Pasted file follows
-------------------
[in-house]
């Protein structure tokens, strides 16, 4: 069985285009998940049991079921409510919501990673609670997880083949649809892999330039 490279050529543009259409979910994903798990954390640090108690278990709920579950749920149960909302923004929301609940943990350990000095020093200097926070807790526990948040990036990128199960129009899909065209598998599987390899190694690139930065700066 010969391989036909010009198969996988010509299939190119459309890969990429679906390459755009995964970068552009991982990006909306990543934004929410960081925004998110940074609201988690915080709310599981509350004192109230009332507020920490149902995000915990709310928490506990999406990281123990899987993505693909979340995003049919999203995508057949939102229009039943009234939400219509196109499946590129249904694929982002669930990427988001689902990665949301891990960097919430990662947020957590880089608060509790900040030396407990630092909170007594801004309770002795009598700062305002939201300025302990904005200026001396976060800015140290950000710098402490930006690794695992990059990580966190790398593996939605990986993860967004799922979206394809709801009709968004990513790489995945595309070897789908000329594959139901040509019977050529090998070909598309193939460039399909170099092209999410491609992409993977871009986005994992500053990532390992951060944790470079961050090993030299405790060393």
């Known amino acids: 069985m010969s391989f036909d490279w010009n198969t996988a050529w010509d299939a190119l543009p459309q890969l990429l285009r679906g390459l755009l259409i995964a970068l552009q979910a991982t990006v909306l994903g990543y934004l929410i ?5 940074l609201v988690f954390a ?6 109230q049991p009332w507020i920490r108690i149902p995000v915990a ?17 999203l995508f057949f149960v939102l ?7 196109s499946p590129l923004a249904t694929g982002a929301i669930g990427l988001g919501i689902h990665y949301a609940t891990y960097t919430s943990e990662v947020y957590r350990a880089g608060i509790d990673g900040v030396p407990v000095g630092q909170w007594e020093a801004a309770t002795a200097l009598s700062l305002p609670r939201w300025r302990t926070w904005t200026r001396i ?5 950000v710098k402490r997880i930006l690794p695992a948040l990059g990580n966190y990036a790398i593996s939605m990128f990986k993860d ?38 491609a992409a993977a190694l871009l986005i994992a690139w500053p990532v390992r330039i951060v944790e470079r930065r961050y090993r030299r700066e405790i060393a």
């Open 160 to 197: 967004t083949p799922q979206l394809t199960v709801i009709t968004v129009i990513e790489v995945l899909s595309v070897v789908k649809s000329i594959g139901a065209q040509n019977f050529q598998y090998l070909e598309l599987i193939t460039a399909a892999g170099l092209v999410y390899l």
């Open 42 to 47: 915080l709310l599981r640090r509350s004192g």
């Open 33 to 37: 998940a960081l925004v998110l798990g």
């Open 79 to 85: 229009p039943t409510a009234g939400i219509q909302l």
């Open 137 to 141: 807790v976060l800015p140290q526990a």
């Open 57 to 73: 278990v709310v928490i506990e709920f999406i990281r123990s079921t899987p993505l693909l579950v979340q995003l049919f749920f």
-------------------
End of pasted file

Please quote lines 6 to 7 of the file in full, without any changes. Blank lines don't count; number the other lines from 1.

């Open 33 to 37: 998940a960081l925004v998110l798990g």
């Open 79 to 85: 229009p039943t409510a009234g939400i219509q909302l």